Bunionette: A Bunion for the Little Toe

A bunionette is very similar to a bunion, except that it is found on the pinky toe.  It is also known as a tailor’s bunion.  (This is because tailors once sat cross-legged all day with the outside edge of their feet rubbing on the ground causing a pressure area at the bottom of their little toe.)  With very few people working as tailors today, bunionette’s are more commonly caused by shoes that are too narrow.

A bunionette is found where the small toe connects to the foot.  This joint is called the metatarsophalangeal joint and is where a metatarsal (a long bone in the foot) connects with a phalange (a small bone in the base of the toe).  A bunionette is the abnormal bump on the end of the metatarsal bone.  It looks like a bunion, but for the little toe.  Bunionettes are formed from two main causes.  The most common reason is wearing inappropriately narrow shoes or not increasing shoe width as the foot naturally widens during the aging process.  Bunionettes may also be caused by a bowing of the metatarsal bone, but this occurs only in a small number of people.   Both causes of bunionettes can lead to a boney bump constantly rubbing on shoes which may cause calluses to form.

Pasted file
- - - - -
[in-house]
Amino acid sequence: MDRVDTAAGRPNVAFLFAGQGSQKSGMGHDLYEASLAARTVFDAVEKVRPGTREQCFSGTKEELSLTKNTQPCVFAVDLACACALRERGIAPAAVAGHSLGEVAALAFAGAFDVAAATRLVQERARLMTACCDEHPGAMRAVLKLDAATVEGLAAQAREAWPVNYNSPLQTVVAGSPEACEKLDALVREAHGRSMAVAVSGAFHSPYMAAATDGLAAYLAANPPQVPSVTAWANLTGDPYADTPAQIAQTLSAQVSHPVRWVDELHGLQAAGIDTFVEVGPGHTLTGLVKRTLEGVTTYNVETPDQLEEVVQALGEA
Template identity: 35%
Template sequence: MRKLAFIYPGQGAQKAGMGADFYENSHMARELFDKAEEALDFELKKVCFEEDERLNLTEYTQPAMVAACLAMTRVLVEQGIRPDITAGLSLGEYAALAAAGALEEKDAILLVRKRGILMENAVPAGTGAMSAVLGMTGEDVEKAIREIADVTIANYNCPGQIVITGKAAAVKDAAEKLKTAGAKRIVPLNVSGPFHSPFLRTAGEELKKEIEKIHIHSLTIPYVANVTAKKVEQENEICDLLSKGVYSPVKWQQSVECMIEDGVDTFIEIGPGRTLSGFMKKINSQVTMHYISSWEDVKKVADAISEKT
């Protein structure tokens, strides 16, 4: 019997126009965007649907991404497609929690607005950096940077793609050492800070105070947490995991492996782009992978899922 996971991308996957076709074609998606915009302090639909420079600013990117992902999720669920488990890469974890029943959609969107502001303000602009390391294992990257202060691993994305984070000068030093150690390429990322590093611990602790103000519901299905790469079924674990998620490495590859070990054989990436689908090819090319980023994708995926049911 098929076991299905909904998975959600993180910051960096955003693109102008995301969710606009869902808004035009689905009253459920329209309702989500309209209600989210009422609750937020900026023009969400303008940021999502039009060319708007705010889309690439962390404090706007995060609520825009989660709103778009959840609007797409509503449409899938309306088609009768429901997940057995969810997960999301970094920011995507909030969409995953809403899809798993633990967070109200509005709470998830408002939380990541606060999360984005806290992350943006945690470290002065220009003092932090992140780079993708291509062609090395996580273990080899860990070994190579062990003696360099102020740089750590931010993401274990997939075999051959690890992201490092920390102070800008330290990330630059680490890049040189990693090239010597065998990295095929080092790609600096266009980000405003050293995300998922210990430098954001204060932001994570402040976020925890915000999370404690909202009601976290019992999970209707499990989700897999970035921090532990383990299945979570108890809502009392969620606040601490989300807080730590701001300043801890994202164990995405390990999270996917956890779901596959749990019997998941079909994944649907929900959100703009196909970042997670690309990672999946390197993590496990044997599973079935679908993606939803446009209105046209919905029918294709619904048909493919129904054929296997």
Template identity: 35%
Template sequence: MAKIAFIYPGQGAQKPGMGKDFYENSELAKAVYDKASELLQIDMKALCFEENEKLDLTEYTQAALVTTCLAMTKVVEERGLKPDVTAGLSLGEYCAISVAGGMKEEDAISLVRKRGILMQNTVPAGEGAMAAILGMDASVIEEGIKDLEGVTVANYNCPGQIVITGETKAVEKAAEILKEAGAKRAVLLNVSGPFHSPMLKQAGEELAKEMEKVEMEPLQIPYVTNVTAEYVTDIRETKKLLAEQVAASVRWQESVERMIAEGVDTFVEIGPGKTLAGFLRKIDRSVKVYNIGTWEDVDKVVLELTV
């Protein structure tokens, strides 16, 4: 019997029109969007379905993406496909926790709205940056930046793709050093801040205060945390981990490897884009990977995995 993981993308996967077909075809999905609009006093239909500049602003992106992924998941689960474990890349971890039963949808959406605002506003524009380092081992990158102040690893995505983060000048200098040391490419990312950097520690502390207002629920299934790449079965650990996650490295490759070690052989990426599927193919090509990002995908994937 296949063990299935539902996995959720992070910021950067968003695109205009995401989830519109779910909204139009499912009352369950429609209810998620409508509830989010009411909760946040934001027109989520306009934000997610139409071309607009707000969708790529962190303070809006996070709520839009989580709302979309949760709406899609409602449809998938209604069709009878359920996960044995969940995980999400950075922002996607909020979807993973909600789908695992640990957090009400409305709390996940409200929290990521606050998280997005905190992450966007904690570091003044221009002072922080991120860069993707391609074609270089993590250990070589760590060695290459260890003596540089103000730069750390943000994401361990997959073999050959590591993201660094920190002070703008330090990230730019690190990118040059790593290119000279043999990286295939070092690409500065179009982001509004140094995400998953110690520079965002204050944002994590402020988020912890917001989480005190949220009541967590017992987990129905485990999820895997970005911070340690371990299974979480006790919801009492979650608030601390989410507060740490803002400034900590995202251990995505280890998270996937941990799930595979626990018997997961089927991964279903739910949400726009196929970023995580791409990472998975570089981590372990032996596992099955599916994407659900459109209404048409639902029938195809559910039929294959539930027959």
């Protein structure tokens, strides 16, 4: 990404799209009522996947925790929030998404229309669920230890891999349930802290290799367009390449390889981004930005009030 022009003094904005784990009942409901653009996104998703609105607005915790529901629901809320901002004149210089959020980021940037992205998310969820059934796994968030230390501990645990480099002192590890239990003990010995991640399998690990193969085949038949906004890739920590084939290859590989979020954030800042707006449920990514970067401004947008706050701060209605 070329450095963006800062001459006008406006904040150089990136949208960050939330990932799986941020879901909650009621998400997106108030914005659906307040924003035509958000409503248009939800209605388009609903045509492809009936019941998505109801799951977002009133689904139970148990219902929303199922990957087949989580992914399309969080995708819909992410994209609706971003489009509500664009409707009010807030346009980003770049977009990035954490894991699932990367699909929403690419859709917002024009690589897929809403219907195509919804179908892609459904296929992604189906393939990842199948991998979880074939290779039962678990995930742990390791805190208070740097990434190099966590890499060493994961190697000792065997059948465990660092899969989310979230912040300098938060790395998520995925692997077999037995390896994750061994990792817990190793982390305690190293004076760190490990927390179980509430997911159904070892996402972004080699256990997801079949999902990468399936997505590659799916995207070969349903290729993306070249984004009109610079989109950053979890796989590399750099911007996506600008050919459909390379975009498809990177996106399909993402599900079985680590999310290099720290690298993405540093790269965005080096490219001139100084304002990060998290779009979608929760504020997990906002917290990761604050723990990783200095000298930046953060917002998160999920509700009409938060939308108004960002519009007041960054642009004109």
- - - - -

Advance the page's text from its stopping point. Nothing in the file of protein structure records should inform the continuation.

The easiest method to decrease the pain caused by a bunionette is to stop the rubbing.  This can be accomplished by changing shoe gear, placing a pad over the area, or by removing the callus.  Calluses can be removed effortlessly and without pain by the podiatrists at Brighton Family Foot Care and Fenton Foot Care.   The doctors will diagnosis a bunionette through a physical examination and use of x-ray.  If the bunionette’s symptoms aren’t reduced through shoe gear, padding, or callus removal, surgery is always a possibility.  Surgeons typically use two different procedures to treat bunionettes.  They may look to either remove the bump or change the shape and angle of the metatarsal.  After surgery, patients use a post-op shoe for a short period of time before returning to their normal shoes.